Illinois man dies of rabies after apparently being bitten by bat

Nation/world
In this file photo, a small bat has strayed into the room and climbs on a white curtain. (iStock/Getty Images Plus)

In this file photo, a small bat has strayed into the room and climbs on a white curtain. (iStock/Getty Images Plus)

A Illinois man has died from rabies in what’s being described as the first reported human case of the virus in the state since 1954, KTLA sister station WGN in Chicago reports.

In mid-August, the Lake County man in his 80s woke up with a bat on his neck, according to the Illinois Department of Public Health. The species was collected and subsequently tested positive for rabies.

Health officials urged the man to start post-exposure rabies treatment due to the virus’ high mortality rate, but he declined, a news release from the health agency stated.

A month later, the man began experiencing symptoms consistent with rabies — including neck pain, headache, difficulty controlling his arms, finger numbness and difficulty speaking, officials said.

The rabies virus infects the central nervous system, ultimately causing disease in the brain and death. Without preventive treatment, rabies is typically fatal.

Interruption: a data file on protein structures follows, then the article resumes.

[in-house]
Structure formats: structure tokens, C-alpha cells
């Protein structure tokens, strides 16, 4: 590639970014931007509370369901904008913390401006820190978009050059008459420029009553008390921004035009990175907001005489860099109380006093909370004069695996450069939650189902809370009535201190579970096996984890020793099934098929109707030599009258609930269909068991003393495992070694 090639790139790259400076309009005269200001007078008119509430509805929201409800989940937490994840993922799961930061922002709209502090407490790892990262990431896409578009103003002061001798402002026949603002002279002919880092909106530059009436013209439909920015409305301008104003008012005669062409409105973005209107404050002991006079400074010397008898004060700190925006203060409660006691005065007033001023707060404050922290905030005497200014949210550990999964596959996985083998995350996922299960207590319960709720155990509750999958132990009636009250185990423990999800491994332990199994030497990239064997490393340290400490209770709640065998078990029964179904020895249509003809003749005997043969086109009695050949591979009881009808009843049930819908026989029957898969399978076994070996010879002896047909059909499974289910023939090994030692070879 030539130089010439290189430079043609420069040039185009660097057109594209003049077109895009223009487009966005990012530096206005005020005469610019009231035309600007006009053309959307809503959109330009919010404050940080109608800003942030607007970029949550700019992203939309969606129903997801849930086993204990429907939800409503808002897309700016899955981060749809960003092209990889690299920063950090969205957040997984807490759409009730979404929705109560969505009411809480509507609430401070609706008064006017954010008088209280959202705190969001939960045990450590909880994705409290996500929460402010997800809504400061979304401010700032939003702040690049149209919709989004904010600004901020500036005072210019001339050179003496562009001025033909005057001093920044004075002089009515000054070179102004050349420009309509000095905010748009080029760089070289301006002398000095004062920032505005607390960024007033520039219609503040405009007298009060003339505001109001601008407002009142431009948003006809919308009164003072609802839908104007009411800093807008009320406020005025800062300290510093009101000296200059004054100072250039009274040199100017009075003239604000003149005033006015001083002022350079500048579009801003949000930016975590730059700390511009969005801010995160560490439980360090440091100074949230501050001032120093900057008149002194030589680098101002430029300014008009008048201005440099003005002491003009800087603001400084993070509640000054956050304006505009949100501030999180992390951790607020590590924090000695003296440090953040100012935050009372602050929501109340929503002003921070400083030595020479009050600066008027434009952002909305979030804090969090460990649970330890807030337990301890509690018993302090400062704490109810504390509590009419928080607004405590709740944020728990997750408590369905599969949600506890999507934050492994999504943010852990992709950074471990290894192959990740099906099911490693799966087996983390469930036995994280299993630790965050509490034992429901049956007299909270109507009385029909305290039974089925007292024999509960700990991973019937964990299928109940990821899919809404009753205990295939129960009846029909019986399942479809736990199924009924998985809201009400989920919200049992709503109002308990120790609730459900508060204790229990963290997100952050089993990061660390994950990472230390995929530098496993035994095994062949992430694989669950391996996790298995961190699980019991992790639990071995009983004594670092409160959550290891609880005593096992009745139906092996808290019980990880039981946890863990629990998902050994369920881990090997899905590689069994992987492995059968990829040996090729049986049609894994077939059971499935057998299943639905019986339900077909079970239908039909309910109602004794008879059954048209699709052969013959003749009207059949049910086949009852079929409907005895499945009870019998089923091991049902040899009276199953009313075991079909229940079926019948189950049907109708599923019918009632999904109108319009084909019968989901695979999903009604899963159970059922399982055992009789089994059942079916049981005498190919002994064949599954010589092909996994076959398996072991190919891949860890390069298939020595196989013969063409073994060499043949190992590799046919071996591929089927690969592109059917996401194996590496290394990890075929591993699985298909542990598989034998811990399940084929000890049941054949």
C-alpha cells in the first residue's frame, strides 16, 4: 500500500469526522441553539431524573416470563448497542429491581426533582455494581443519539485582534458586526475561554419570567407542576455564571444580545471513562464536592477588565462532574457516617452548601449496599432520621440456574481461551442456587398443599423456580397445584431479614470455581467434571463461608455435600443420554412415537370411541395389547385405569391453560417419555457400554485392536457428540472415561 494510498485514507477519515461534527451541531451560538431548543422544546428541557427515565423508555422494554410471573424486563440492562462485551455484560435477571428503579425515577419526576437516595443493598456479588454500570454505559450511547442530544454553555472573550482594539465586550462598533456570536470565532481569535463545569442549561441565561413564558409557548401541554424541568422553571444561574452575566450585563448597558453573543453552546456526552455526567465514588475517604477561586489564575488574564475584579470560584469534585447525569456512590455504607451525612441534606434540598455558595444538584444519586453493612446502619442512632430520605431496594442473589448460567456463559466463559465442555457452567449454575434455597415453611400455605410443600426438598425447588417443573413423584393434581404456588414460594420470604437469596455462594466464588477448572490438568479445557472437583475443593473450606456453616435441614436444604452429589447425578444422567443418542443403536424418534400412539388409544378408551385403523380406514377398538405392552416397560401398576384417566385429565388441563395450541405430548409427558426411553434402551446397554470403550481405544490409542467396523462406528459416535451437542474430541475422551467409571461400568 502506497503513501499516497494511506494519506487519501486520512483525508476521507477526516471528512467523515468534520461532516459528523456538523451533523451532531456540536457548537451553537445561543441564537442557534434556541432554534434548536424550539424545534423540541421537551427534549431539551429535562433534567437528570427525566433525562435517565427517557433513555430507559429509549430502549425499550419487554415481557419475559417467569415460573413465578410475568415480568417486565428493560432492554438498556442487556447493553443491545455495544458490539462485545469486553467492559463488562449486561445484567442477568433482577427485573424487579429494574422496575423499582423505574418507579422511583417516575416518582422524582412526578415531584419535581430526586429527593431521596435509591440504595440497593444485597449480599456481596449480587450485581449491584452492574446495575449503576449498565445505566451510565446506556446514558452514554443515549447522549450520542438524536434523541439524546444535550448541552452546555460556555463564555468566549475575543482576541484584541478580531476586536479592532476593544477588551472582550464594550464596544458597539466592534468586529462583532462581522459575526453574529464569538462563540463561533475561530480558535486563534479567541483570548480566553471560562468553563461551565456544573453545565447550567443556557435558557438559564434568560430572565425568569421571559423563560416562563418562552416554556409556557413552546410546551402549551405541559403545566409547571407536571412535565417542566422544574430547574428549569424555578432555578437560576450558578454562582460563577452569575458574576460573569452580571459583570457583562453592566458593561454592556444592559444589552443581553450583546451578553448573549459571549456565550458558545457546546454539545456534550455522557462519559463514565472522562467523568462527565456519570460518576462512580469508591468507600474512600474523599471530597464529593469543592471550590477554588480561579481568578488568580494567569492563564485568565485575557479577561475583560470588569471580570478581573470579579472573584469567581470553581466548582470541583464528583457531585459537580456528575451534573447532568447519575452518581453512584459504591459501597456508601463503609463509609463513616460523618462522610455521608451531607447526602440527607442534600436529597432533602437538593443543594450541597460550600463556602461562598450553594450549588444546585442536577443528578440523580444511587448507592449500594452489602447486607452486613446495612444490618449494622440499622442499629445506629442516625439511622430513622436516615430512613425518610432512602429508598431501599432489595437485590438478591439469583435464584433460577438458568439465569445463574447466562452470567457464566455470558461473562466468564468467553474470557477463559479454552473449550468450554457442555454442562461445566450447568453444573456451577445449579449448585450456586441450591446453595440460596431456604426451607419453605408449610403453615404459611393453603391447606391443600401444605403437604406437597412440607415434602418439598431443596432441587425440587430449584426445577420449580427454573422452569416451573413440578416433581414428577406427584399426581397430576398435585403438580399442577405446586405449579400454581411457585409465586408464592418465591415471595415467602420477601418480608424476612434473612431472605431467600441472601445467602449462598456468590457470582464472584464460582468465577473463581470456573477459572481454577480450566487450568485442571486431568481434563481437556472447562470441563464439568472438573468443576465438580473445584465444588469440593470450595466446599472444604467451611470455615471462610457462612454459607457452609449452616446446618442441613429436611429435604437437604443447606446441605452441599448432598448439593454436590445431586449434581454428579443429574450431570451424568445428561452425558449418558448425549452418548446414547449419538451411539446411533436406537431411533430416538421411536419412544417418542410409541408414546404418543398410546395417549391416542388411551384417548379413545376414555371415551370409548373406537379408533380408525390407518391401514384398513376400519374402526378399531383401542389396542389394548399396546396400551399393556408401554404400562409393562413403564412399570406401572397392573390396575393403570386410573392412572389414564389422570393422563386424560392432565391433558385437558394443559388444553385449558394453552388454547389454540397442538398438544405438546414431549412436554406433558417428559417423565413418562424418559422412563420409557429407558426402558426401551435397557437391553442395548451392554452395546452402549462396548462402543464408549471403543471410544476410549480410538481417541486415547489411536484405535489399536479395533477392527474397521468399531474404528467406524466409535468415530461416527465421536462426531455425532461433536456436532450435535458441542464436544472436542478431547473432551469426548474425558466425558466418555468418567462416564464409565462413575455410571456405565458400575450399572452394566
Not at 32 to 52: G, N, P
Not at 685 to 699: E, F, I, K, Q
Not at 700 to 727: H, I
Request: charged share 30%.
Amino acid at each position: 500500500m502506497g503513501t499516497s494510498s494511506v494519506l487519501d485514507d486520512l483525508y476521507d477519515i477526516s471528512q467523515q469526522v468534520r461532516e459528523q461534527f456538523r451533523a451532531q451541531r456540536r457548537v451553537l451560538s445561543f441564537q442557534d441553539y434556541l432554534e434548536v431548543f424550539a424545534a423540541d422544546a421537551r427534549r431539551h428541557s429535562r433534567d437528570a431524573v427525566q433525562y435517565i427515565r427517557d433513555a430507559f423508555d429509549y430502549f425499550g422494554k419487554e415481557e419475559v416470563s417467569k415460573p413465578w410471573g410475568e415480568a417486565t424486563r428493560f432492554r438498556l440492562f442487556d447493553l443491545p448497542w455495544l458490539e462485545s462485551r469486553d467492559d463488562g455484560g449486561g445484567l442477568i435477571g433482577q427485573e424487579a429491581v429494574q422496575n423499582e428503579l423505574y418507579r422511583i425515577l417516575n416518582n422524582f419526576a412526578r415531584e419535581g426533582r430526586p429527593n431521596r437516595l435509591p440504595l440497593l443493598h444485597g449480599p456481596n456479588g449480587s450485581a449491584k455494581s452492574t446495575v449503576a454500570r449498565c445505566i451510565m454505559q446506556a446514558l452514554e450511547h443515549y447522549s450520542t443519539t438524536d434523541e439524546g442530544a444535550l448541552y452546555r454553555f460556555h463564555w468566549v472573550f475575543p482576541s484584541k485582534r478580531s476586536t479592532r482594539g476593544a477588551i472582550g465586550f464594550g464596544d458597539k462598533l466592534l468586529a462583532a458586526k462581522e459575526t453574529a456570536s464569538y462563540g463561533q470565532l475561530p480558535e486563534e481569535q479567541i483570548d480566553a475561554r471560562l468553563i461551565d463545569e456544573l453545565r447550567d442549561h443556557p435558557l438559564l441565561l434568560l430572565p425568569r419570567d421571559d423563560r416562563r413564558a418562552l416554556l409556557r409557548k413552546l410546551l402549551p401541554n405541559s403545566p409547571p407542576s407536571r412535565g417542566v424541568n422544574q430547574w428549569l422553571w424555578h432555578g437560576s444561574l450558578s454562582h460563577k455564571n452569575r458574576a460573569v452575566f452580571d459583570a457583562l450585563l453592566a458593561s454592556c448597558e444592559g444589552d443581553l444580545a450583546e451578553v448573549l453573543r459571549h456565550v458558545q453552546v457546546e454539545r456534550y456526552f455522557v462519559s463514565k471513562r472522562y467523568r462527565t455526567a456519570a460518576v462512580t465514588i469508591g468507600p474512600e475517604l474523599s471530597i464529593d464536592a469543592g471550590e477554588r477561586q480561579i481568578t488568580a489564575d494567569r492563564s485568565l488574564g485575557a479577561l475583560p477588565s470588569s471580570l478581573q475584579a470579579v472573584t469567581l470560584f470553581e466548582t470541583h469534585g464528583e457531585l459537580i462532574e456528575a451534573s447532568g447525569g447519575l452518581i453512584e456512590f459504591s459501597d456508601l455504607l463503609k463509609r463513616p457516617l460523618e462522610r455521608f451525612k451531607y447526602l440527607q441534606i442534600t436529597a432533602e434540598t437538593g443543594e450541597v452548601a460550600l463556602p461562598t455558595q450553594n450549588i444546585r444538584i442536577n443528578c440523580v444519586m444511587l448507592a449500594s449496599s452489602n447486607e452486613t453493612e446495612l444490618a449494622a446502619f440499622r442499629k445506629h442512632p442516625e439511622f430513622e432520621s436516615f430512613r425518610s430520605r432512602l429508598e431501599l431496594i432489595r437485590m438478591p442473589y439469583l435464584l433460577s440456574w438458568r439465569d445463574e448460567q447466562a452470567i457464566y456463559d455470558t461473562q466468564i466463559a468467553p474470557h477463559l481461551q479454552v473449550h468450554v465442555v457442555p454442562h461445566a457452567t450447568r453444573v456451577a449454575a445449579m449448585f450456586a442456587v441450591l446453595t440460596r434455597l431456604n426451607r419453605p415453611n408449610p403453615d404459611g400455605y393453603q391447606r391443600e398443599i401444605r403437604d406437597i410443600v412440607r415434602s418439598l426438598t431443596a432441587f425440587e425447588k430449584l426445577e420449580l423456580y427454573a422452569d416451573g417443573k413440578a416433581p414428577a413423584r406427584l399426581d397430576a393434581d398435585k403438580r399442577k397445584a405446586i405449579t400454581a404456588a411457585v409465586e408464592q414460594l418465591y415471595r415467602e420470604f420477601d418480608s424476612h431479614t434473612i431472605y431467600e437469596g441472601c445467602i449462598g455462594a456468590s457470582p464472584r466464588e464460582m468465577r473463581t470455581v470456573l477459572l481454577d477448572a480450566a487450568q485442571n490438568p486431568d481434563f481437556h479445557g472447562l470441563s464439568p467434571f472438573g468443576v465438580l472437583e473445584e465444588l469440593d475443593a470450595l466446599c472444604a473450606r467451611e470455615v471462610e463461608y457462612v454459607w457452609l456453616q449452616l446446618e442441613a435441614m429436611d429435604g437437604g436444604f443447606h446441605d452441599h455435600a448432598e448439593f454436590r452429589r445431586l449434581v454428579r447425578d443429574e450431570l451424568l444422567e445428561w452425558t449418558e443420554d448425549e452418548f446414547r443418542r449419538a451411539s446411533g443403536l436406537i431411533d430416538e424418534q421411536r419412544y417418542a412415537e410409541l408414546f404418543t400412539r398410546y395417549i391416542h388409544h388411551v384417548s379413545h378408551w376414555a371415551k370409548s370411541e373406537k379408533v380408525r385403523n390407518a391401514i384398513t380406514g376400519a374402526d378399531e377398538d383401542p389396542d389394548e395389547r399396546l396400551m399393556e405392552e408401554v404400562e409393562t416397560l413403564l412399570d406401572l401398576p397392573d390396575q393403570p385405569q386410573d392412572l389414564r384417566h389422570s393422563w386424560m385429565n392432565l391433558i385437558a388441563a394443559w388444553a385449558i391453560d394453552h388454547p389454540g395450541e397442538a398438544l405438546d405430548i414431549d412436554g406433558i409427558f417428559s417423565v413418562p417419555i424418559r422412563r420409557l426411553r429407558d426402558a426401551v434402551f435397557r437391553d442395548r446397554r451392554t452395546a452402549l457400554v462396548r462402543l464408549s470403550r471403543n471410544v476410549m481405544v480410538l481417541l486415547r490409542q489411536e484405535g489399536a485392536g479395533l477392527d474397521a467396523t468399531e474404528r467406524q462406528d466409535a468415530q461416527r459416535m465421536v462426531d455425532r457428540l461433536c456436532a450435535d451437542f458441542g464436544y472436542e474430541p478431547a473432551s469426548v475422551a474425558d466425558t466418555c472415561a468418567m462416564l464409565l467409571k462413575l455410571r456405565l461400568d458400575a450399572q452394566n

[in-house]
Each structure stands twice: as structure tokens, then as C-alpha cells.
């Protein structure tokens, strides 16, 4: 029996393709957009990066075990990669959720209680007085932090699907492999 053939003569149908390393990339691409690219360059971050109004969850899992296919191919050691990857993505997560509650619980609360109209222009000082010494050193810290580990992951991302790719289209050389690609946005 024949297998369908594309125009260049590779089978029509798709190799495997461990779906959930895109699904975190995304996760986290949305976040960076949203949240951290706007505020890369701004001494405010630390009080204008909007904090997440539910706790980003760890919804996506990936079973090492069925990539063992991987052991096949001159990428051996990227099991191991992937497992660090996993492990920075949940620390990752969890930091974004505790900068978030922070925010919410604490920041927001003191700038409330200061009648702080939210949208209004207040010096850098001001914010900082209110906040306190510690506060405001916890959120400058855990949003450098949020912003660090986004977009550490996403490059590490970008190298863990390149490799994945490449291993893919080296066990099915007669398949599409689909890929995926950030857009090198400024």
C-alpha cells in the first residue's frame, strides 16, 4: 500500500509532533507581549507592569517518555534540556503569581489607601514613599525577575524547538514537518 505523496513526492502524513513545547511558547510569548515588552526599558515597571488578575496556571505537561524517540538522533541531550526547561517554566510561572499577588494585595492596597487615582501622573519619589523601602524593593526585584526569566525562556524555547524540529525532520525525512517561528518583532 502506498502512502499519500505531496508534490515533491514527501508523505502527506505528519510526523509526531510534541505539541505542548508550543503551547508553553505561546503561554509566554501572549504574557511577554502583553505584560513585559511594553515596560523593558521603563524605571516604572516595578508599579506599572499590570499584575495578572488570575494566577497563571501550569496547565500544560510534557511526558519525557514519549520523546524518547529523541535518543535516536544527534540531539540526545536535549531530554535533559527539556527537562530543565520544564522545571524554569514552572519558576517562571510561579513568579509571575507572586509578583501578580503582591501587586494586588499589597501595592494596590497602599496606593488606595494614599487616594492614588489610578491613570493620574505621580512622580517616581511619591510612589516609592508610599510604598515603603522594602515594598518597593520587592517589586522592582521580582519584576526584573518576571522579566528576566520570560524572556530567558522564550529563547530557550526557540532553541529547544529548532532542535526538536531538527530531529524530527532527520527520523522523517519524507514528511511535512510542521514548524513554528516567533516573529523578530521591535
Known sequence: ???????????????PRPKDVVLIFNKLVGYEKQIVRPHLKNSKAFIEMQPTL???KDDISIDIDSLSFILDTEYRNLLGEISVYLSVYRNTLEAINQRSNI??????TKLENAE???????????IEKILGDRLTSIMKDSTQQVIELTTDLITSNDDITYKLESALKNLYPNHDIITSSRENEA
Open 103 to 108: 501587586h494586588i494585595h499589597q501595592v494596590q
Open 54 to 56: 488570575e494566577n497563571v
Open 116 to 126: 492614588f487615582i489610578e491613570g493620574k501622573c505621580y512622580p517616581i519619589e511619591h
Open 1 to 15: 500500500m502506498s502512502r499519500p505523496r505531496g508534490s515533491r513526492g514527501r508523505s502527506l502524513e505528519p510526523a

“Rabies has the highest mortality rate of any disease,” IDPH Director Dr. Ngozi Ezike said. “However, there is life-saving treatment for individuals who quickly seek care after being exposed to an animal with rabies. If you think you may have been exposed to rabies, immediately seek medical attention and follow the recommendations of health care providers and public health officials.”

Rabies is typically transmitted via a bite from an infected animal. But because bats have very small teeth, their bite marks may be difficult to detect on the skin, according to officials.

If you find yourself in close proximity to a bat and are not sure if you were exposed, do not release the bat as it should be appropriately captured for rabies testing. Call your doctor or local health department to help determine if you could have been exposed and call animal control to remove the bat.

So far this year, 30 bats have tested positive for rabies in Illinois.

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